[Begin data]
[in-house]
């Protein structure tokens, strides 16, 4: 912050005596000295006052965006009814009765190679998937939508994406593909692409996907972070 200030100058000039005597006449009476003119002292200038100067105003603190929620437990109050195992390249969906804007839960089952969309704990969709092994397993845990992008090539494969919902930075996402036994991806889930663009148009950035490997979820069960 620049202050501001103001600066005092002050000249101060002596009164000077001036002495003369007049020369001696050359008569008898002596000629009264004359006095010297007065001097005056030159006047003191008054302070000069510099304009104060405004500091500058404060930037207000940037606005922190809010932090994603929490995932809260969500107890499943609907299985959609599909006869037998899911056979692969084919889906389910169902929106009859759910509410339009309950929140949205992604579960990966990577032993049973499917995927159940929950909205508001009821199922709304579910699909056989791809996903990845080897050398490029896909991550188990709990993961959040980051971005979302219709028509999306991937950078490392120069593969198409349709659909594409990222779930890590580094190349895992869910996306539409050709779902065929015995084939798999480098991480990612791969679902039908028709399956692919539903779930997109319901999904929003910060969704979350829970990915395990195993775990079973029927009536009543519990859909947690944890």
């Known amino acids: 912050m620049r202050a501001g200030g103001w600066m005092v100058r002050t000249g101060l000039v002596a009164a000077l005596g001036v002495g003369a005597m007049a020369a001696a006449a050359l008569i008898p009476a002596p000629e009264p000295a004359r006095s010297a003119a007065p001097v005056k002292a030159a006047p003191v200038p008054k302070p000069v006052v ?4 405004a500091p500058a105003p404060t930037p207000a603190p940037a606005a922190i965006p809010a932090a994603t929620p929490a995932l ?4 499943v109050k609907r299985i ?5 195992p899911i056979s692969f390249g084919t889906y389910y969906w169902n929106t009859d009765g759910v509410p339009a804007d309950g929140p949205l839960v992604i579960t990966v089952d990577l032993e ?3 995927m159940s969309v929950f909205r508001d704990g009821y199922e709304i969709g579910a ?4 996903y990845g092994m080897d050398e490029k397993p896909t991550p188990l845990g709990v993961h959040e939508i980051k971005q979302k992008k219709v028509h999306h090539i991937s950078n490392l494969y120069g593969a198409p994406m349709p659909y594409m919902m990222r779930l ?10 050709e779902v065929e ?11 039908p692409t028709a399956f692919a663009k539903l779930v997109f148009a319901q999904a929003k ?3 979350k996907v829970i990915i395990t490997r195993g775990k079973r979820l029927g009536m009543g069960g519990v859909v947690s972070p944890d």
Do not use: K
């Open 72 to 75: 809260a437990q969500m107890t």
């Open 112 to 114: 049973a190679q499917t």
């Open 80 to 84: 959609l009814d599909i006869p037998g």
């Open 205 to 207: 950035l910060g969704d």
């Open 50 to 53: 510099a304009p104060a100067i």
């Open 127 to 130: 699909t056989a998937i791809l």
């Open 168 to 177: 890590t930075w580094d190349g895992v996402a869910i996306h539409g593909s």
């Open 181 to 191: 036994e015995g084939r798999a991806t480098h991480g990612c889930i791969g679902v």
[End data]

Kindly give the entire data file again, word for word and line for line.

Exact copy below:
[in-house]
């Protein structure tokens, strides 16, 4: 912050005596000295006052965006009814009765190679998937939508994406593909692409996907972070 200030100058000039005597006449009476003119002292200038100067105003603190929620437990109050195992390249969906804007839960089952969309704990969709092994397993845990992008090539494969919902930075996402036994991806889930663009148009950035490997979820069960 620049202050501001103001600066005092002050000249101060002596009164000077001036002495003369007049020369001696050359008569008898002596000629009264004359006095010297007065001097005056030159006047003191008054302070000069510099304009104060405004500091500058404060930037207000940037606005922190809010932090994603929490995932809260969500107890499943609907299985959609599909006869037998899911056979692969084919889906389910169902929106009859759910509410339009309950929140949205992604579960990966990577032993049973499917995927159940929950909205508001009821199922709304579910699909056989791809996903990845080897050398490029896909991550188990709990993961959040980051971005979302219709028509999306991937950078490392120069593969198409349709659909594409990222779930890590580094190349895992869910996306539409050709779902065929015995084939798999480098991480990612791969679902039908028709399956692919539903779930997109319901999904929003910060969704979350829970990915395990195993775990079973029927009536009543519990859909947690944890």
């Known amino acids: 912050m620049r202050a501001g200030g103001w600066m005092v100058r002050t000249g101060l000039v002596a009164a000077l005596g001036v002495g003369a005597m007049a020369a001696a006449a050359l008569i008898p009476a002596p000629e009264p000295a004359r006095s010297a003119a007065p001097v005056k002292a030159a006047p003191v200038p008054k302070p000069v006052v ?4 405004a500091p500058a105003p404060t930037p207000a603190p940037a606005a922190i965006p809010a932090a994603t929620p929490a995932l ?4 499943v109050k609907r299985i ?5 195992p899911i056979s692969f390249g084919t889906y389910y969906w169902n929106t009859d009765g759910v509410p339009a804007d309950g929140p949205l839960v992604i579960t990966v089952d990577l032993e ?3 995927m159940s969309v929950f909205r508001d704990g009821y199922e709304i969709g579910a ?4 996903y990845g092994m080897d050398e490029k397993p896909t991550p188990l845990g709990v993961h959040e939508i980051k971005q979302k992008k219709v028509h999306h090539i991937s950078n490392l494969y120069g593969a198409p994406m349709p659909y594409m919902m990222r779930l ?10 050709e779902v065929e ?11 039908p692409t028709a399956f692919a663009k539903l779930v997109f148009a319901q999904a929003k ?3 979350k996907v829970i990915i395990t490997r195993g775990k079973r979820l029927g009536m009543g069960g519990v859909v947690s972070p944890d």
Do not use: K
């Open 72 to 75: 809260a437990q969500m107890t």
């Open 112 to 114: 049973a190679q499917t």
């Open 80 to 84: 959609l009814d599909i006869p037998g």
């Open 205 to 207: 950035l910060g969704d």
């Open 50 to 53: 510099a304009p104060a100067i």
């Open 127 to 130: 699909t056989a998937i791809l």
């Open 168 to 177: 890590t930075w580094d190349g895992v996402a869910i996306h539409g593909s």
């Open 181 to 191: 036994e015995g084939r798999a991806t480098h991480g990612c889930i791969g679902v």